Making Inroads: Phius 2021 Policy Wrap-up

isaac picIn this week’s blog, Phius Policy Specialist Isaac Elnecave outlines the various incentive programs, QAPs and energy codes that Phius was included in this past year.

The surge of Phius-related policies continued in 2021 with the inclusion of Phius in utility incentive programs, Qualified Allocation Plans and energy codes.

Over the last few years, it has become clear that well-designed policies can significantly spur the construction of projects meeting the Phius standard. In 2021 alone, there have been 47 projects submitted in Massachusetts, 29 projects in New York State and 27 projects in Connecticut (all states with existing Phius-related policies). 

With the calendar turning to 2022, we wanted to take this opportunity to provide a rundown of some of our policy successes from this past year. Below you will find a list of new Phius-related policies (including a number of advancements in Phius’ home state of Illinois).

Utility Incentives

Illinois

ComEd in Illinois has established a pilot incentive program providing money for both pre-construction and upon receiving final certification. ComEd will be taking applications for the program through 2022.  The applications will be reviewed on a competitive basis and will be chosen based on criteria such as size, financial status and timeline. Utilities in Massachusetts (through the MassSave program) and Connecticut (through energizeCT) offer similar programs.

Low-Income Housing Tax Credit

Illinois

The award-winning Finch Cambridge project was funded in part by a Massachusetts incentive program.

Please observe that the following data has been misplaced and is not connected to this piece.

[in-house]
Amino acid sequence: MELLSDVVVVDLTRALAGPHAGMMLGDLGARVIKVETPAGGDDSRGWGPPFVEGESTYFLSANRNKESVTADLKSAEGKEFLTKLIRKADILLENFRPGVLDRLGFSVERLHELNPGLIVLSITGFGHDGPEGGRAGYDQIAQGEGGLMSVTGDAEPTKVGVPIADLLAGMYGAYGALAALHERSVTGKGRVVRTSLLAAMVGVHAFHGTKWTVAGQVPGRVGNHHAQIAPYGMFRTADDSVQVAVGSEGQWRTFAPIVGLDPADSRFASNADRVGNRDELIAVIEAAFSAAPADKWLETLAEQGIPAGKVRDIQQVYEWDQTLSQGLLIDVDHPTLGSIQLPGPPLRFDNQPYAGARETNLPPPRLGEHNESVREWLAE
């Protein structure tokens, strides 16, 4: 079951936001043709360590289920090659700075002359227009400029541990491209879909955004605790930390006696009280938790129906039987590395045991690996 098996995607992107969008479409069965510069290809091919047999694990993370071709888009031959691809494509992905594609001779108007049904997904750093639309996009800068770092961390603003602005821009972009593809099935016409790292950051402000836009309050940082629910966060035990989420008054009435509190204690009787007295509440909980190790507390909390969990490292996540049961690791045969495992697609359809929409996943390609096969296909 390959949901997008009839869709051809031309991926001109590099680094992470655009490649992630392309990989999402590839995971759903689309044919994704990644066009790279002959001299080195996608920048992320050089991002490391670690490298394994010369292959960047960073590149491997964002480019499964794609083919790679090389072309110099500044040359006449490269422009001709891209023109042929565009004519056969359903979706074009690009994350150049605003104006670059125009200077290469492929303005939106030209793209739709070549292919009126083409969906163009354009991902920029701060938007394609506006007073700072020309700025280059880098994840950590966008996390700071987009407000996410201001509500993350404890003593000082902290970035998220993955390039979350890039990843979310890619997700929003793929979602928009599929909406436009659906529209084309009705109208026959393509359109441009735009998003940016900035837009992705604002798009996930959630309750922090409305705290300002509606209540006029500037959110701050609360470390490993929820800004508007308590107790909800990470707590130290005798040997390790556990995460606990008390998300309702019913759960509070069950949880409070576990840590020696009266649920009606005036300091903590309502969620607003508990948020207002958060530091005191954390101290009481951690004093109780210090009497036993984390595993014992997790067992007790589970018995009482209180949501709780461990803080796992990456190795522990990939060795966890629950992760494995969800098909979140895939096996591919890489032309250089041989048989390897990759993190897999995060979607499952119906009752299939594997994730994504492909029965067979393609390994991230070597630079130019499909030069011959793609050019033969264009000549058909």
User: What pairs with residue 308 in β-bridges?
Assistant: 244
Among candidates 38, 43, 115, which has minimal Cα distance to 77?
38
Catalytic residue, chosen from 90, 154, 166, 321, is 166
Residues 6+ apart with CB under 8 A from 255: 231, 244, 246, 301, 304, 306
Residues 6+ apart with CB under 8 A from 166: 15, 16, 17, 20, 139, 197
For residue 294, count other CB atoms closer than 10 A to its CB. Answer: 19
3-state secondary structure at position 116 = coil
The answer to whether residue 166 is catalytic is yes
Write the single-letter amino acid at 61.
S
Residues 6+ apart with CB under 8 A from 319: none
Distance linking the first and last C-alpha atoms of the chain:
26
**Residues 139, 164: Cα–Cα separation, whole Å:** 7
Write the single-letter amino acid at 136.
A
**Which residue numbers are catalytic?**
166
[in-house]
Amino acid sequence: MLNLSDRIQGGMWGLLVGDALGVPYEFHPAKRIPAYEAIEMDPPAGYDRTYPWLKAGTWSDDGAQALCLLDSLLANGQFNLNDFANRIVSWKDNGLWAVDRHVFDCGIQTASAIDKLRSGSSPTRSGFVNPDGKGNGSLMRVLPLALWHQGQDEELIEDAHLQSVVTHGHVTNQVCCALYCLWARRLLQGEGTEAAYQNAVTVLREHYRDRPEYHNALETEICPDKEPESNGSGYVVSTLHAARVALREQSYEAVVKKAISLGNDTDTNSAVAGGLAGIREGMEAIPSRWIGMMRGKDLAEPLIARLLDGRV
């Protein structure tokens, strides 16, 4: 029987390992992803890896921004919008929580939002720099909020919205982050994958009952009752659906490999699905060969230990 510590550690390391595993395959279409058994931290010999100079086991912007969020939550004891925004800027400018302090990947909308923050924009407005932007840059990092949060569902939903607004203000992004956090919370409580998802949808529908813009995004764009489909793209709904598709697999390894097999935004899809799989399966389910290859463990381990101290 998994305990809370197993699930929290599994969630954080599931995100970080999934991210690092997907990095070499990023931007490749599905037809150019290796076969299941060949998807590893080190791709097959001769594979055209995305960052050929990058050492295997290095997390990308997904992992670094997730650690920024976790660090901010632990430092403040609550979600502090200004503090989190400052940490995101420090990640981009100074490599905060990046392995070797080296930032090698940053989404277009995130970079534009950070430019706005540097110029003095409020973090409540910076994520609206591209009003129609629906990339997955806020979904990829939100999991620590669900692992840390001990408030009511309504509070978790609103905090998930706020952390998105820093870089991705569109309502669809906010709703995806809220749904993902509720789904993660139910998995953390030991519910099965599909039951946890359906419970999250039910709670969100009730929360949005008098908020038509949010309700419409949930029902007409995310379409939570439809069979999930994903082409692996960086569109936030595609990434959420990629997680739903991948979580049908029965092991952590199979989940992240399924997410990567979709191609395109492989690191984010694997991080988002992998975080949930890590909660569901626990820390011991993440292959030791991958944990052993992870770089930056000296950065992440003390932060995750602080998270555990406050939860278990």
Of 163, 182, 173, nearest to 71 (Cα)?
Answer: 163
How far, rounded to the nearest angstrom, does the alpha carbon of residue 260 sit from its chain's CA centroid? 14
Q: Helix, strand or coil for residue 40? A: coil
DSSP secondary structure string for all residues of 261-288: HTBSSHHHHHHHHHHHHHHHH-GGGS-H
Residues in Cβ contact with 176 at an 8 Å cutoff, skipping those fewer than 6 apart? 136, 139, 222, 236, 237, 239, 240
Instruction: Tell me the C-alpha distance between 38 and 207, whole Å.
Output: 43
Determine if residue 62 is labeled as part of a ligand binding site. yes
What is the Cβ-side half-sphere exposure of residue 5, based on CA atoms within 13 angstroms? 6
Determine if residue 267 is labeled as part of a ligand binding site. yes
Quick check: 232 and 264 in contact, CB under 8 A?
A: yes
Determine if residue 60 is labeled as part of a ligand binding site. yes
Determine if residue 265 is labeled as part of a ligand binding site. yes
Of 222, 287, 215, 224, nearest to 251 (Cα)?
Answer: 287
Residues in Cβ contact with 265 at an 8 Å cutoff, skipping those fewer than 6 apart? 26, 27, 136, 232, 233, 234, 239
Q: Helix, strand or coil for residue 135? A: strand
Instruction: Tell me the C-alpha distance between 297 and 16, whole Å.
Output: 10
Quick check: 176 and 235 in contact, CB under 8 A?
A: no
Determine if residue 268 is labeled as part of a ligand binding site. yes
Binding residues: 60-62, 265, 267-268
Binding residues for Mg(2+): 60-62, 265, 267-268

The award-winning Finch Cambridge project was funded in part by a Massachusetts incentive program.

The Illinois Housing Development Authority (IHDA) completed the 2022-2023 Qualified Allocation Plan (QAP). The QAP is the document the IHDA uses to evaluate which potential projects will receive tax credits. The evaluation process consists of using a points system (projects with higher point totals are more likely to receive funding). One of the criteria for evaluation is sustainability and/or energy efficiency. In the new QAP, projects receiving a Phius CORE certification will receive 10 points (Phius Zero projects receive an additional three points) out of a possible 100 points. 

Michigan

The Michigan State Housing Development Authority included Phius in its QAP for the first time. Projects meeting the Phius standard will receive four points; most other standards will receive three points or fewer. 

Connecticut

While Phius projects have been included in previous versions of the Connecticut QAP, the updated version gives Phius projects the largest number of points (only projects meeting the Living Futures Standard receive the same number of points). 

Energy Codes

Illinois

The Illinois legislature enacted – and the Governor signed – the Clean Energy Jobs Act (CEJA). Among the requirements included in the 800-page piece of legislation, is that the Illinois Capital Development Board (the agency in charge of developing the state energy code) must include Phius as an alternative compliance path. This means that projects certified by Phius automatically meet code in Illinois.